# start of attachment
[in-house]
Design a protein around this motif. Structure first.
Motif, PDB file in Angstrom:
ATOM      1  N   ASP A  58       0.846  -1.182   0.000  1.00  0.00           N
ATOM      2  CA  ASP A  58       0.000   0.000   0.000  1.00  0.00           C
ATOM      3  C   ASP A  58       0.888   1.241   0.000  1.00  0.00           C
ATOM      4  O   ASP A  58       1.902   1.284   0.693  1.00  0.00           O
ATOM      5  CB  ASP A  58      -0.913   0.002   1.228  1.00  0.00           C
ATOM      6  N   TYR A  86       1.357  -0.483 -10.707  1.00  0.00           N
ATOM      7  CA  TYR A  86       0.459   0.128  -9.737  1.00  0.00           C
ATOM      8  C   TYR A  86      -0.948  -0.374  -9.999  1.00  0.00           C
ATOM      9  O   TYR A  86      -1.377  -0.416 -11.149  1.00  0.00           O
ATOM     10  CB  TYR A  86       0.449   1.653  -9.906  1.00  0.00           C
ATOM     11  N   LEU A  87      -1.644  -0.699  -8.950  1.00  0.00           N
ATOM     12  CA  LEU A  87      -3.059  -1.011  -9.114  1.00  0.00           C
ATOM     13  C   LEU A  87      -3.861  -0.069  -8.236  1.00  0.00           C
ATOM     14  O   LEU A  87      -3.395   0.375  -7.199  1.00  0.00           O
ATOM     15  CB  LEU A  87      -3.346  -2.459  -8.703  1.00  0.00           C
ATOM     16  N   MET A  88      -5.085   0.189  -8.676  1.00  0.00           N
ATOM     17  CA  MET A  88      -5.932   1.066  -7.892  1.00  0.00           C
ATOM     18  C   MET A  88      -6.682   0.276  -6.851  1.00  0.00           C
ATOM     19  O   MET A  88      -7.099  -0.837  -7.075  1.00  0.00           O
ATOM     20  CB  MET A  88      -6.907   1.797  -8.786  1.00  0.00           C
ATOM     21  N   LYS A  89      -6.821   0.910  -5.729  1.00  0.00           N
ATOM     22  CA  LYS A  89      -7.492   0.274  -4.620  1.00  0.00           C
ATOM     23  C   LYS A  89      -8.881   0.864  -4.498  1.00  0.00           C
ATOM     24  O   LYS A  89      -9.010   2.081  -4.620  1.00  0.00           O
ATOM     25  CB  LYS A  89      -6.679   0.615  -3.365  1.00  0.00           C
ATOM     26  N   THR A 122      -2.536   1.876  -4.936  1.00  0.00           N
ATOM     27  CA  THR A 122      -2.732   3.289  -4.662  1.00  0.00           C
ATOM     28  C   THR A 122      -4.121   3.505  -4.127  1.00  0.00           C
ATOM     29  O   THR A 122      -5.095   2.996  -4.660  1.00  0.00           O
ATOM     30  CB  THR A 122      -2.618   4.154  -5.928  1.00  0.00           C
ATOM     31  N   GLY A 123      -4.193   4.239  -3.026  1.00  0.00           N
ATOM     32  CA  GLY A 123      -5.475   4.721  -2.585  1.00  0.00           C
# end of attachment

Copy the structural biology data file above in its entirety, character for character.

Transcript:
[in-house]
Design a protein around this motif. Structure first.
Motif, PDB file in Angstrom:
ATOM      1  N   ASP A  58       0.846  -1.182   0.000  1.00  0.00           N
ATOM      2  CA  ASP A  58       0.000   0.000   0.000  1.00  0.00           C
ATOM      3  C   ASP A  58       0.888   1.241   0.000  1.00  0.00           C
ATOM      4  O   ASP A  58       1.902   1.284   0.693  1.00  0.00           O
ATOM      5  CB  ASP A  58      -0.913   0.002   1.228  1.00  0.00           C
ATOM      6  N   TYR A  86       1.357  -0.483 -10.707  1.00  0.00           N
ATOM      7  CA  TYR A  86       0.459   0.128  -9.737  1.00  0.00           C
ATOM      8  C   TYR A  86      -0.948  -0.374  -9.999  1.00  0.00           C
ATOM      9  O   TYR A  86      -1.377  -0.416 -11.149  1.00  0.00           O
ATOM     10  CB  TYR A  86       0.449   1.653  -9.906  1.00  0.00           C
ATOM     11  N   LEU A  87      -1.644  -0.699  -8.950  1.00  0.00           N
ATOM     12  CA  LEU A  87      -3.059  -1.011  -9.114  1.00  0.00           C
ATOM     13  C   LEU A  87      -3.861  -0.069  -8.236  1.00  0.00           C
ATOM     14  O   LEU A  87      -3.395   0.375  -7.199  1.00  0.00           O
ATOM     15  CB  LEU A  87      -3.346  -2.459  -8.703  1.00  0.00           C
ATOM     16  N   MET A  88      -5.085   0.189  -8.676  1.00  0.00           N
ATOM     17  CA  MET A  88      -5.932   1.066  -7.892  1.00  0.00           C
ATOM     18  C   MET A  88      -6.682   0.276  -6.851  1.00  0.00           C
ATOM     19  O   MET A  88      -7.099  -0.837  -7.075  1.00  0.00           O
ATOM     20  CB  MET A  88      -6.907   1.797  -8.786  1.00  0.00           C
ATOM     21  N   LYS A  89      -6.821   0.910  -5.729  1.00  0.00           N
ATOM     22  CA  LYS A  89      -7.492   0.274  -4.620  1.00  0.00           C
ATOM     23  C   LYS A  89      -8.881   0.864  -4.498  1.00  0.00           C
ATOM     24  O   LYS A  89      -9.010   2.081  -4.620  1.00  0.00           O
ATOM     25  CB  LYS A  89      -6.679   0.615  -3.365  1.00  0.00           C
ATOM     26  N   THR A 122      -2.536   1.876  -4.936  1.00  0.00           N
ATOM     27  CA  THR A 122      -2.732   3.289  -4.662  1.00  0.00           C
ATOM     28  C   THR A 122      -4.121   3.505  -4.127  1.00  0.00           C
ATOM     29  O   THR A 122      -5.095   2.996  -4.660  1.00  0.00           O
ATOM     30  CB  THR A 122      -2.618   4.154  -5.928  1.00  0.00           C
ATOM     31  N   GLY A 123      -4.193   4.239  -3.026  1.00  0.00           N
ATOM     32  CA  GLY A 123      -5.475   4.721  -2.585  1.00  0.00           C